ESG and DEI Key Contributors to Long-Term Stakeholder Satisfaction and Competitiveness
by Pay Wu, President, MWBE Unite, Inc.
Environmental, Social and Governance practices (ESG), or stakeholder capitalism, has been embraced by corporations and their leaders at an accelerated pace over the last decade.
Corporate leaders are increasingly embracing the idea that when businesses work sustainably, the world works better for all involved – this includes the people, the environment and ultimately the business itself. In this way, longer term value is created and will supersede short-termism* by including a broader ecosystem where more stakeholders including employees, consumers, suppliers, communities, investors and shareholders all become involved together.
The Pursuit of Stakeholder Satisfaction
Historically, corporate management prioritized financials and shareholder satisfaction above all other factors. Today, enhancing company performance while meeting critical social and environmental needs are at the heart of creating the future of resilient businesses. Disparities in gender and race, wage discrimination and environmental stewardship now weigh importantly on the concept of success and future world we all live in.
Our country shares a rich history of progress and economic prosperity, often the advancements are based on business operating models that include diversity and creativity of immigrant participation and globalization. Previously, institutional business models operated based on the belief that lean margins and siphoning off profits defines the successful corporation. Post-COVID, the emphasis now includes human capital losses and supply chain impacts, that shape the local and global economies and where people work, live, play, and study.. Companies are integrating into their ESG agenda, beyond financials, the consideration for sustainability of supply chain ahead of costs, sustainability of their labor, and social impacts to the community in which they operate. Definition of stakeholders has expanded for the good.
Equality as a Decision-Making Factor
Fortunately, equity and inclusion are standing corporate agenda as DE&I initiatives are seeing progress, and awareness reaches beyond Corporate Board rooms. The reason? It makes good financial sense to include equality in decision making now. A study from “Women Count 2020” showed that including women in business strategies was likely to increase net profit margins 10X over those without women serving on executive committees. Emphasizing DE&I also brings a range of perspectives that help companies better understand their clients/consumers and therefore competitive for increased market share.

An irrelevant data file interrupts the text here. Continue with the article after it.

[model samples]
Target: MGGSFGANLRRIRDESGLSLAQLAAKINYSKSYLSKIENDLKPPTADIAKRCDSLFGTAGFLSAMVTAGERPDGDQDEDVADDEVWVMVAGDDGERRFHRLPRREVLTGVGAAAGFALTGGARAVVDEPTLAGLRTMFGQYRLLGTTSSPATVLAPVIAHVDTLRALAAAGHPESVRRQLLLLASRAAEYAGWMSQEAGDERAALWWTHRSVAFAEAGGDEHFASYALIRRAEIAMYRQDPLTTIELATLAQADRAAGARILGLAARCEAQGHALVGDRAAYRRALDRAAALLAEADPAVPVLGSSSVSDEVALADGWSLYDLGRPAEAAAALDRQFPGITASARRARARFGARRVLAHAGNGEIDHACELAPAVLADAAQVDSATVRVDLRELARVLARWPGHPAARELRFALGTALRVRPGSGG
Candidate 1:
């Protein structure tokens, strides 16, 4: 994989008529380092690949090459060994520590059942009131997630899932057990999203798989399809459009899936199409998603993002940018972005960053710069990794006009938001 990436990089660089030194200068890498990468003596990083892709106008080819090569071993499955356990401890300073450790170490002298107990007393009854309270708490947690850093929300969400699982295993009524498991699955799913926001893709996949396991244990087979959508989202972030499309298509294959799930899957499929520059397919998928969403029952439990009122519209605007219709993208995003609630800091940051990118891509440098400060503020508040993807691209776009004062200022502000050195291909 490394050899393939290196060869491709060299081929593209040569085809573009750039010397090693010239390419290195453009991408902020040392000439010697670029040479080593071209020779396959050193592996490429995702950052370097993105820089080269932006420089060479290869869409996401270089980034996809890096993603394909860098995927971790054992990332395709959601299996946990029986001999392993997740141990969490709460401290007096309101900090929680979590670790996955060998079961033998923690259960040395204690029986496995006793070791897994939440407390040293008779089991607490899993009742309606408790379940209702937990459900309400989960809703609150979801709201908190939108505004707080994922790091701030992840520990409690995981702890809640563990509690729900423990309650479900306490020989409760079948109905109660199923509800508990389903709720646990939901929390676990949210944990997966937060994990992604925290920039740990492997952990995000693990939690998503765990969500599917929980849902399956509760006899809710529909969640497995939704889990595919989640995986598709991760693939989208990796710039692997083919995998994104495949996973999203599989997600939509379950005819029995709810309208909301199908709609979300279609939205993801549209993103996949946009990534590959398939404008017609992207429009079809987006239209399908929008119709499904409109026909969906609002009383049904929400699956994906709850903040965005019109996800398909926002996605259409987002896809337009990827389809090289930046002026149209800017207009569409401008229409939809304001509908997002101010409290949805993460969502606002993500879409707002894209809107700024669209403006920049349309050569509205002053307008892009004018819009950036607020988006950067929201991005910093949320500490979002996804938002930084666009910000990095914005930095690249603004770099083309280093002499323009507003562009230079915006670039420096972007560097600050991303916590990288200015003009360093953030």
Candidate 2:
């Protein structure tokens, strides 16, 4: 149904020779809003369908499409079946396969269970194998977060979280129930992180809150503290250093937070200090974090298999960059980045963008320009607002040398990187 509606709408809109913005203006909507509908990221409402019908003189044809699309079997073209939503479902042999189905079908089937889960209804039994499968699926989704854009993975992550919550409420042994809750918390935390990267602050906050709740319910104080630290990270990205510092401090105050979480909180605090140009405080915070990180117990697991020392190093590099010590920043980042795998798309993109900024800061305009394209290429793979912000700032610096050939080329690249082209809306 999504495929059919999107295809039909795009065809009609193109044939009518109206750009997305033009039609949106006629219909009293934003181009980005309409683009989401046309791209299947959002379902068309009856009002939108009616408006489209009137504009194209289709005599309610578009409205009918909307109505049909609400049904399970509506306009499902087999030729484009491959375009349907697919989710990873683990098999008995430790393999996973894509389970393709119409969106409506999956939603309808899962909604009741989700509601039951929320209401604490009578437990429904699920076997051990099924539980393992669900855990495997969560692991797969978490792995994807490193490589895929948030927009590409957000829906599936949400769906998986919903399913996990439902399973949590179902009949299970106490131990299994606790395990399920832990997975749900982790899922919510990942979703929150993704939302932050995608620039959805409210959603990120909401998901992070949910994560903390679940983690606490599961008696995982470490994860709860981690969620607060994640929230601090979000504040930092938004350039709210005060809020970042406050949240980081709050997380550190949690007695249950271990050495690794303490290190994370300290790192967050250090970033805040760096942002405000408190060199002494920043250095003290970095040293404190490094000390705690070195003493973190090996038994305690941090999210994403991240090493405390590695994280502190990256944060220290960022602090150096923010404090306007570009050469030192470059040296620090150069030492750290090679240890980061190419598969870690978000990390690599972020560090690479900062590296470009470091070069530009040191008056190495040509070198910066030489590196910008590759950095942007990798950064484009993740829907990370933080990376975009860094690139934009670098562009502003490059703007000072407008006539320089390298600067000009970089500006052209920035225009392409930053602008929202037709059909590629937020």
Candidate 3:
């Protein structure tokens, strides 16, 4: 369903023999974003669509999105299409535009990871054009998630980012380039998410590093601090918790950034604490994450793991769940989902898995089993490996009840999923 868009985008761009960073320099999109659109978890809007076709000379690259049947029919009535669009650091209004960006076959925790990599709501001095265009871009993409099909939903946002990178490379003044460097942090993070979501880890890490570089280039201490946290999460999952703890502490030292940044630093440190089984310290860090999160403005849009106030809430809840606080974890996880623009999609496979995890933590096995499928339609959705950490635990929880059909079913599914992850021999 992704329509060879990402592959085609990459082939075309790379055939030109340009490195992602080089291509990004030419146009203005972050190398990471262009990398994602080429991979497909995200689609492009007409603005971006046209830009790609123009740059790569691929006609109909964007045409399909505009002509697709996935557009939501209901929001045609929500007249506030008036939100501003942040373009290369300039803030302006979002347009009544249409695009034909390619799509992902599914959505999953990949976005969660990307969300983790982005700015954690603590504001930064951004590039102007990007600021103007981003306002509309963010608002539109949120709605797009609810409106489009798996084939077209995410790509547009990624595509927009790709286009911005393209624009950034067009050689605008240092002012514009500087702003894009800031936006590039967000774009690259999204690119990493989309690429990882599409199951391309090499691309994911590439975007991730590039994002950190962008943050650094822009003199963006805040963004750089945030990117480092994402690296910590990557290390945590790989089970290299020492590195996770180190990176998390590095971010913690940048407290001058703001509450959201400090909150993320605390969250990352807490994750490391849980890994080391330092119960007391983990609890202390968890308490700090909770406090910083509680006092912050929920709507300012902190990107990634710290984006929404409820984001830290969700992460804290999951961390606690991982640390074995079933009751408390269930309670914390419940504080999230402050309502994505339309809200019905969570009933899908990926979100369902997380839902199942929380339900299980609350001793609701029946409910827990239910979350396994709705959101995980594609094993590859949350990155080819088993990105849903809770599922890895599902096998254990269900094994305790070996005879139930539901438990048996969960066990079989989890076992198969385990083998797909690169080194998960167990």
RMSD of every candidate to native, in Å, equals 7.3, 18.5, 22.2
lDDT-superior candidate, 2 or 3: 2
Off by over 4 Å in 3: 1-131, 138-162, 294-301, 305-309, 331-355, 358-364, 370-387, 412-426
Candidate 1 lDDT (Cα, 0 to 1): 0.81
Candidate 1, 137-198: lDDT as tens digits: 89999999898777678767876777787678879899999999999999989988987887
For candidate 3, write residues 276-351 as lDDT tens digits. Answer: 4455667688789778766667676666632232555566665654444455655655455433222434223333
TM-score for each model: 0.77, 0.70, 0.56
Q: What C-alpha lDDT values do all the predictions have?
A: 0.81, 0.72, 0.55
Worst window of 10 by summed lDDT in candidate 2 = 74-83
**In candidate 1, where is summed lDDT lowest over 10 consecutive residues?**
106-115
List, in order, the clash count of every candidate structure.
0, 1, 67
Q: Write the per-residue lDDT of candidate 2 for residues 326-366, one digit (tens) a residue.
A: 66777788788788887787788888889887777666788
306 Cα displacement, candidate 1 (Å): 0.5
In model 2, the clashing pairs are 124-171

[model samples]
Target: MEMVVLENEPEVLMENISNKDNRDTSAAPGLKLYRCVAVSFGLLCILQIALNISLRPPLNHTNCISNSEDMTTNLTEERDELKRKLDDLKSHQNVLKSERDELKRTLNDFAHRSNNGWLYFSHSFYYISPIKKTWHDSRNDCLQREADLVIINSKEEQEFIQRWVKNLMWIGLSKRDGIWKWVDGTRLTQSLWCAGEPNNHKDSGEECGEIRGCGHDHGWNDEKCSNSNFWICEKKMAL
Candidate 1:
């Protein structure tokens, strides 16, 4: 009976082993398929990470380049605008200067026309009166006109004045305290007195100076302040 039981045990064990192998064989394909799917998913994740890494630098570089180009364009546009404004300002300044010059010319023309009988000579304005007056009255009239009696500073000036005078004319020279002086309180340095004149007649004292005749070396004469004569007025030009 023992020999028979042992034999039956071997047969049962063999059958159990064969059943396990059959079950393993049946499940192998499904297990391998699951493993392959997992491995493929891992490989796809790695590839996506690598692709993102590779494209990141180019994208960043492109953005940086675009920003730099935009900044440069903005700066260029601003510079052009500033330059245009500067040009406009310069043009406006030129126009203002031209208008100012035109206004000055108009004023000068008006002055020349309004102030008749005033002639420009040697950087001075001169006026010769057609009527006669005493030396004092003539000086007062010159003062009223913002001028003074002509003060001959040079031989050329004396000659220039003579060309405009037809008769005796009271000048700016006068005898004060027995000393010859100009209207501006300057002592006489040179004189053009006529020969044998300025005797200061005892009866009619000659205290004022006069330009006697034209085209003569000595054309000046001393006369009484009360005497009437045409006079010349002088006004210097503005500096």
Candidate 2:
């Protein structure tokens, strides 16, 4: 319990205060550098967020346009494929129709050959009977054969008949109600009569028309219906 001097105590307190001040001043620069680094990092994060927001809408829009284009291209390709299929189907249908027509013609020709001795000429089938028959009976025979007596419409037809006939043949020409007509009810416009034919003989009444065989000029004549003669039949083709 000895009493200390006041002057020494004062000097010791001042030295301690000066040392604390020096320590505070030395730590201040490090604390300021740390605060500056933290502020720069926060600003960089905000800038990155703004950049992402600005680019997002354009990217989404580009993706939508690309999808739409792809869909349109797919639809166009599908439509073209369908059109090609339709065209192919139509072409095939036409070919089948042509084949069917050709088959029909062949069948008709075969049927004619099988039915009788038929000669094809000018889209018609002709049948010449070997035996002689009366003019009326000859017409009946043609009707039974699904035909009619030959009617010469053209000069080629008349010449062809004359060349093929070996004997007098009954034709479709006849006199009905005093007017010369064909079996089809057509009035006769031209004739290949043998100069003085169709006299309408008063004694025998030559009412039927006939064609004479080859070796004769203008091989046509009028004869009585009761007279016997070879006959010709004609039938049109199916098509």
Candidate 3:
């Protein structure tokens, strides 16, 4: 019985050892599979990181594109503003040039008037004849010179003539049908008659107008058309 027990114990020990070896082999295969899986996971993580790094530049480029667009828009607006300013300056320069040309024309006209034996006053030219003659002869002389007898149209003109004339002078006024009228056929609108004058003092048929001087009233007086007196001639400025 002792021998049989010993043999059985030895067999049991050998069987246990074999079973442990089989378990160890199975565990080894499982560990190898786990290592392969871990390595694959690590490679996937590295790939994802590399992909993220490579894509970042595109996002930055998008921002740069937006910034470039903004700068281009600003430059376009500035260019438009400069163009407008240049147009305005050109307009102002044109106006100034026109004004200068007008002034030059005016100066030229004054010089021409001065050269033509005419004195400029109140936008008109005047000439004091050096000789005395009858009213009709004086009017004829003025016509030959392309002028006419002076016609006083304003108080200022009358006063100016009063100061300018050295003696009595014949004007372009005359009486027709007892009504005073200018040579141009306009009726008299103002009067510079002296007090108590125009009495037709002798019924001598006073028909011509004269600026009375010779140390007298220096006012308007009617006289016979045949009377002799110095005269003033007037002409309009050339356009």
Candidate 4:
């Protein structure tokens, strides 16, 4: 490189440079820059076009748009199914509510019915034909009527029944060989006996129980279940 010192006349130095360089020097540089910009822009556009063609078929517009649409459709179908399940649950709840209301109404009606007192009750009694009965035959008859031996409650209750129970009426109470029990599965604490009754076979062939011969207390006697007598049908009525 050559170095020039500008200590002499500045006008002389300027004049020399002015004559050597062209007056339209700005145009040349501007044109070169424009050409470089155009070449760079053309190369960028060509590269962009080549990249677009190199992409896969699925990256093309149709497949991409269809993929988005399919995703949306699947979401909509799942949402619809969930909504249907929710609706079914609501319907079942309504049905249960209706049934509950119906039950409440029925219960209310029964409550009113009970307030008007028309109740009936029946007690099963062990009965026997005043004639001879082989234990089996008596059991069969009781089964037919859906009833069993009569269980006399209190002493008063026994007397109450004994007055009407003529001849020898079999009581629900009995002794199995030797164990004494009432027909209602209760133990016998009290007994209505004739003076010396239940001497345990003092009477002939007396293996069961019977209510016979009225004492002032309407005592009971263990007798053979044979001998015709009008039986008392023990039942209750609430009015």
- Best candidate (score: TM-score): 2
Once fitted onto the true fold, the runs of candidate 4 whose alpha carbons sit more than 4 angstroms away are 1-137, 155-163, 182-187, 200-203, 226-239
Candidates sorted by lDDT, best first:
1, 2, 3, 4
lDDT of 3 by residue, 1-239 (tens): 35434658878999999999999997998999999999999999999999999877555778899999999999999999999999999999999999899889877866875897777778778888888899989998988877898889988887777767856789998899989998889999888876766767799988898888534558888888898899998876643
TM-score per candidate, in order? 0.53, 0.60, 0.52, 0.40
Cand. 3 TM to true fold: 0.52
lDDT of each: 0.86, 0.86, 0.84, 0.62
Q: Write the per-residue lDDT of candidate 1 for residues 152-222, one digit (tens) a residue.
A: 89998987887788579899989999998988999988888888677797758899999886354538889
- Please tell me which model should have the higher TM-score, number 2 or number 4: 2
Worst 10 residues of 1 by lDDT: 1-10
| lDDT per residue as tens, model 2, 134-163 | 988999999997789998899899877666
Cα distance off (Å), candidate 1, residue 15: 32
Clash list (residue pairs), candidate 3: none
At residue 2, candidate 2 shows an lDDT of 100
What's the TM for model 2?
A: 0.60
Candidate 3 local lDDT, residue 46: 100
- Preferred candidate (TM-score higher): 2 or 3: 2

Corporations and business executives now acknowledge that stronger teams are built by hiring diverse candidates with differing values, professional or academic backgrounds, and personal preferences.
DE&I a Key Component of Reporting
Diversity, equity and inclusion (DE&I) and ESG meet at this opportune moment as organizations determine what to include in their ESG plans and investments. But pronouncements and commitments without actions and transparency around DE&I may be detrimental to long-term competitiveness, brand reputation, and financial conditions.
In commercial real estate, for example, investors are interested in ESG and want to see evidence of progress and governance as part of making meaningful investments. Digital transformation post COVID has accelerated and companies require sourcing for functional skills from more diverse labor. There is a clear need for adherence as well as a direct benefit then for including DE&I in the ESG framework.
Perspectives on human capital are undergoing change, and together with ESG, it is possible now to build a more equitable business culture and create greater long-term value for all stakeholders. With ESG standards, businesses now have the opportunity to demonstrate their stewardship and responsible impact. Both risk and reward will be mutually beneficial in the new order of stakeholder capitalism with a promise of a more inclusive world.
Pay Wu is president of MWBE Unite Inc., an organization that works with the real estate industry to help meet diversity and supplier diversity commitments.
*Short termism has its own common sense meaning, but in a business environment short- termism refers to the idea that a company manages the earnings report for shareholders each financial reporting period. This has been criticized, since managing the earnings report falls short of investing in company growth. It’s a huge topic in what they call “agency theory” – Although, short termism also means just what it says, not looking at building anything for the long term, just a quick go at making a profit for the benefit of a few people.
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